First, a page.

By Our Staff Reporter
THIRUVANANTHAPURAM APRIL 9. The Kerala Dalit Yuvajana Federation took out a march to the Secretariat and staged a dharna on Monday to protest against the economic policies pursued by the State and Central Governments.
The agitation was organised to demand job reservation for Dalits in the private sector, district-level projects to create employment opportunities for Dalits in the cooperative sector, constitution of a recruitment board for appointments to primary societies and steps to check diversion of funds earmarked for tribal sub-plan and special component Plan projects, among other things.
Inaugurating the march , the Kerala Dalit Federation State president, P. Ramabhadransaid unemployment had emerged as a major obstacle to the development of Dalit communities.
(Gandhinagar, April 9)
The Gujarat riots have brought about an unexpected — if temporary — alliance between the upper caste champions of Hindutva and the tribals and Dalits who languish at the bottom of traditional Hindu social hierarchy. At several places, Dalits eagerly joined Hindu fanatics to kill and loot Muslims.
Dalits of nearby shanty clusters led the attacks on Muslim homes and shops in Ahmedabad's Gulbarg Society (where Congress ex-MP Ehsan Jaffrey was burnt alive), Behrampura, Dani Limda and Gomtipur areas.
The co-option of groups expected to be naturally antagonistic to Hindutva was brought about, at least in part, through money and alcohol.
In the most common instance, VHP and Bajrang Dal members began the carnage in urban upper and middle class Muslim clusters, and then invited the poor Dalits to share the booty.
However, the entente was not always based on the lure of lucre.
Over the years, the Sangh Parivar has gradually worked its way into new constituencies of Dalit and tribal Gujaratis. In several urban clusters, Dalits have hold ornamental positions in local Bajrang Dal and VHP units, bringing upward social mobility to the whole communities.
In many areas, Hindutva forces have cashed in on poverty. Inroads have been made over years into Dalit constituencies hit by textile mill layoffs. Through meticulous campaigns, Muslims have been identified as the 'other' who have taken away Dalit jobs; and frustration has been channelised into hatred against the community. In Sabarkantha, the VHP front Vanvasi Kalyan Parishad has distributed food and fodder to tribals during two years of drought, earning a lot of goodwill.
Yet, the anti-Muslim alliance between Dalits and tribals and the champions of Hindutva is not a pan-Gujarat phenomenon . In areas where Sangh Parivar outfits are weak, the OBC, Thakores and Dalits provided safe passage to Muslims.
By V. S. Mani.
The legislation should be such that all perpetrators of genocide, be they individuals, groups or the constitutional rulers, can without exception be readily punished.
THE RECENT carnage in Gujarat appears to qualify as genocide under the Convention on the Prevention and Punishment of the Crime of Genocide, 1948, (`the Genocide Convention'). Indeed, the genocidal tendencies of the fanatical groups will need to be urgently tackled at various levels — social, political, legal, and even religious. This highlights the need for enactment of a special law on genocide.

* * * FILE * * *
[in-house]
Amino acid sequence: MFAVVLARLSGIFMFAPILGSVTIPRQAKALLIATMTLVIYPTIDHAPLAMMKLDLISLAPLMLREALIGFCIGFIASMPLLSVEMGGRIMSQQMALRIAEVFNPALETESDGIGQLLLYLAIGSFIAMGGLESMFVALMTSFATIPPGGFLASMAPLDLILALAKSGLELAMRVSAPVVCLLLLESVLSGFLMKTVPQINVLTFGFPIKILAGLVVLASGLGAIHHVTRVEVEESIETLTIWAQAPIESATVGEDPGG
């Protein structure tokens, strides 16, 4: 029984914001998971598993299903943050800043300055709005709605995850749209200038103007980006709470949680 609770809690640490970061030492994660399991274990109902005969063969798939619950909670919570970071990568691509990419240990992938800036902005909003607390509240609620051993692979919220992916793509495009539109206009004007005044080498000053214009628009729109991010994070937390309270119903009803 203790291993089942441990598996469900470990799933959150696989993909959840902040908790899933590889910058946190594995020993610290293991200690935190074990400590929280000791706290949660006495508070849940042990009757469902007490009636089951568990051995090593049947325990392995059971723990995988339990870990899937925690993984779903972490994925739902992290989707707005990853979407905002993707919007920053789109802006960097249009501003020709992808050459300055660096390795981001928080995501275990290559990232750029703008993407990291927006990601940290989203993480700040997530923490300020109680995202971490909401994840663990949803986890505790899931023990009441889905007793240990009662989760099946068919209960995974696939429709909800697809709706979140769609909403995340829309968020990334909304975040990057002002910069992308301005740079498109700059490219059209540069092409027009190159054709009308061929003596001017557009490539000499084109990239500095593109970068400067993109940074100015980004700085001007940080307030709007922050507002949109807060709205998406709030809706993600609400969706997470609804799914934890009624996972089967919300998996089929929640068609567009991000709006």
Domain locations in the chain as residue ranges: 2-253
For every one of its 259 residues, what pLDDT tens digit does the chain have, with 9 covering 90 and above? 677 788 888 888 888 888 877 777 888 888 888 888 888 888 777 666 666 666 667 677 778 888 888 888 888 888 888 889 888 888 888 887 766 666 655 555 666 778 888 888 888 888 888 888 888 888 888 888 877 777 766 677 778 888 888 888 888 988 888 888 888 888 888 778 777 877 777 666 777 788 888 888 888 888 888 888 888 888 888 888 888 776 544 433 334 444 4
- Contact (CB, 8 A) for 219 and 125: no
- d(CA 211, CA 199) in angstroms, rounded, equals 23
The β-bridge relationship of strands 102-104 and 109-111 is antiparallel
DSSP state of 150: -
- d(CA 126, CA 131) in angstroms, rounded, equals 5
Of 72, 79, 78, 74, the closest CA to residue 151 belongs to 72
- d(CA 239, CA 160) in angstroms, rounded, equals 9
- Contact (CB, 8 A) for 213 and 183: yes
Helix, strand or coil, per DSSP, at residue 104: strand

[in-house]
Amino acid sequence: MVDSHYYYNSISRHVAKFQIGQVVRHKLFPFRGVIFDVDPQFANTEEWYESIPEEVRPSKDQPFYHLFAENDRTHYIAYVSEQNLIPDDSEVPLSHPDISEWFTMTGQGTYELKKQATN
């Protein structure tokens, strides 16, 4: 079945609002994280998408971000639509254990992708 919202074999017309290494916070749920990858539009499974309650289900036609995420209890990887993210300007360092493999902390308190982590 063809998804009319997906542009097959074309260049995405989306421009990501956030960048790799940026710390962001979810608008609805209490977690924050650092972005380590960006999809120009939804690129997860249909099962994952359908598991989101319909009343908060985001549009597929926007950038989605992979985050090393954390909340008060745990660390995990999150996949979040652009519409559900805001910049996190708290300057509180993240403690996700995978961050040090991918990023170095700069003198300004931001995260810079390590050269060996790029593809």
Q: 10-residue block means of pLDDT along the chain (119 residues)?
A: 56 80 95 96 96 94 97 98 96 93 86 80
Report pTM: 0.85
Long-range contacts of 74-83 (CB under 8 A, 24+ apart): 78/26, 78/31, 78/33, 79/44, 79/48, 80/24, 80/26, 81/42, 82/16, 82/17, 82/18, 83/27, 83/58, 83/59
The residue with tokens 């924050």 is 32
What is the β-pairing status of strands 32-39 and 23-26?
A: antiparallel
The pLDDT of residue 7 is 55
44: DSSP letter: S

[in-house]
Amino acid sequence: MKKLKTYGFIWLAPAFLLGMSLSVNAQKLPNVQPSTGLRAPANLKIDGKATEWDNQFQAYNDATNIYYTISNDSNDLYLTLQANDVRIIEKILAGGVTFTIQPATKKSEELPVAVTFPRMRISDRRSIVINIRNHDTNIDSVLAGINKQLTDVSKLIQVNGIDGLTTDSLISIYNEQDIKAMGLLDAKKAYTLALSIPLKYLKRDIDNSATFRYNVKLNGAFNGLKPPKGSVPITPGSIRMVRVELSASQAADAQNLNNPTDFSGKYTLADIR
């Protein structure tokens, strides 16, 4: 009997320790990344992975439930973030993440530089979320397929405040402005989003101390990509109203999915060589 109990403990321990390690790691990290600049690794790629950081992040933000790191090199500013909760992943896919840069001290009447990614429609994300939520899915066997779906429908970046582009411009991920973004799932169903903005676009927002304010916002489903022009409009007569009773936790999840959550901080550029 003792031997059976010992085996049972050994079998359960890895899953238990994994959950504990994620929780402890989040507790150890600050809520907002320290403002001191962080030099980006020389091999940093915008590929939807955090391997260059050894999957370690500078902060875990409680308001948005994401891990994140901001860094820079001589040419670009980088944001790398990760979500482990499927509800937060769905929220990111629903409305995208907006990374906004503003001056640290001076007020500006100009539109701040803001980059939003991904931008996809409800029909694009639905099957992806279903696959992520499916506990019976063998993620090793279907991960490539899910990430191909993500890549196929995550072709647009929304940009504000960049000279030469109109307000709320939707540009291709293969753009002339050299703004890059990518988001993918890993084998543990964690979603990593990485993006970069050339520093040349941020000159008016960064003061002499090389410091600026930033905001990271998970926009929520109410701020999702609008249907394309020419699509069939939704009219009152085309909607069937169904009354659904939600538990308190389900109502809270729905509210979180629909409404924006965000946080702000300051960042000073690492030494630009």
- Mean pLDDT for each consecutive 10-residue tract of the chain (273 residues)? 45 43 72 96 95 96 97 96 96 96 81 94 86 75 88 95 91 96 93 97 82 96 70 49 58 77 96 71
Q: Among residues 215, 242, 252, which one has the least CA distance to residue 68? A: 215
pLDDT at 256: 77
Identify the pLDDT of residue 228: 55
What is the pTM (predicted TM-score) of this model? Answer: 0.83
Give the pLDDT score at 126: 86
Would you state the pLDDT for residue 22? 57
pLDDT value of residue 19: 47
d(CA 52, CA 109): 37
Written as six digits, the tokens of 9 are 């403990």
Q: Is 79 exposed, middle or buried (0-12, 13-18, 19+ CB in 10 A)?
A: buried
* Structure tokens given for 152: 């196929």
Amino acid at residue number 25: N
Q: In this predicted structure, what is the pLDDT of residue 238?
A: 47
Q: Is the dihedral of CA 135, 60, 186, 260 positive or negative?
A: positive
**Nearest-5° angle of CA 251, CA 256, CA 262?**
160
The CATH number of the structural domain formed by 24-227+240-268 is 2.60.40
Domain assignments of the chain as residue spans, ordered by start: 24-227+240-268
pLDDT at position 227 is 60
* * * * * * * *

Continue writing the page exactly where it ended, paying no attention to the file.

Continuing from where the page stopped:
Four principal reasons were advanced in support of a special enactment on Prevention of Terrorism. One, India as a member of the United Nations has a legal obligation to put in place a specific law on terrorism, flowing as it does from the resolutions of the U.N. Security Council adopted since September 28, 2001, in response to the September 11 attack on New York's World Trade Center. Two, terrorism is a special category of crime that requires a special law to deal with. Three, only a special law can have a deterrent effect on terrorism. Four, such a law is necessary to protect the territorial integrity and moral fabric of the country. The same reasons now most urgently demand that a special law be put in place for the prevention and punishment of genocide.
The principle of prohibition of genocide has become an intrinsic aspect of modern civilised behaviour of international society. In 1946, the U.N. General Assembly unanimously affirmed that "genocide is a crime under international law which the civilised world condemns, and for the commission of which principals and accomplices — whether private individuals, public officials or statesmen, and whether the crime is committed on religious, racial, political or any other grounds — are punishable". (Resolution 96 (I), December 11, 1946). This resolution paved the way for the eventual adoption in 1948 of the Genocide Convention.
The International Court of Justice too has time and again emphasised the principle of prohibition of genocide as part of general international law. In one case, the Court said: "By their very nature, the outlawing of genocide, aggression, slavery and racial discrimination are the concerns of all states. In view of the importance of the rights involved, all states can be held to have a legal interest in their protection, they are obligations erga omnes (against whole world)" (Barcelona Traction case, 1970). As early as 1951, it had already ruled in the context of the Genocide Convention that "the principles underlying the Convention are principles which are recognised by civilised nations as binding on states, even without any conventional (i.e. treaty) obligation" (Reservations to the Genocide Convention case, 1951).
India, like every other country, is bound by the general international law obligations to prevent and punish acts of genocide. India's obligations are further strengthened by its participation in the 1948 Genocide Convention in the drafting of which it had made a worthwhile contribution. India became a party to the Convention on August 27, 1959.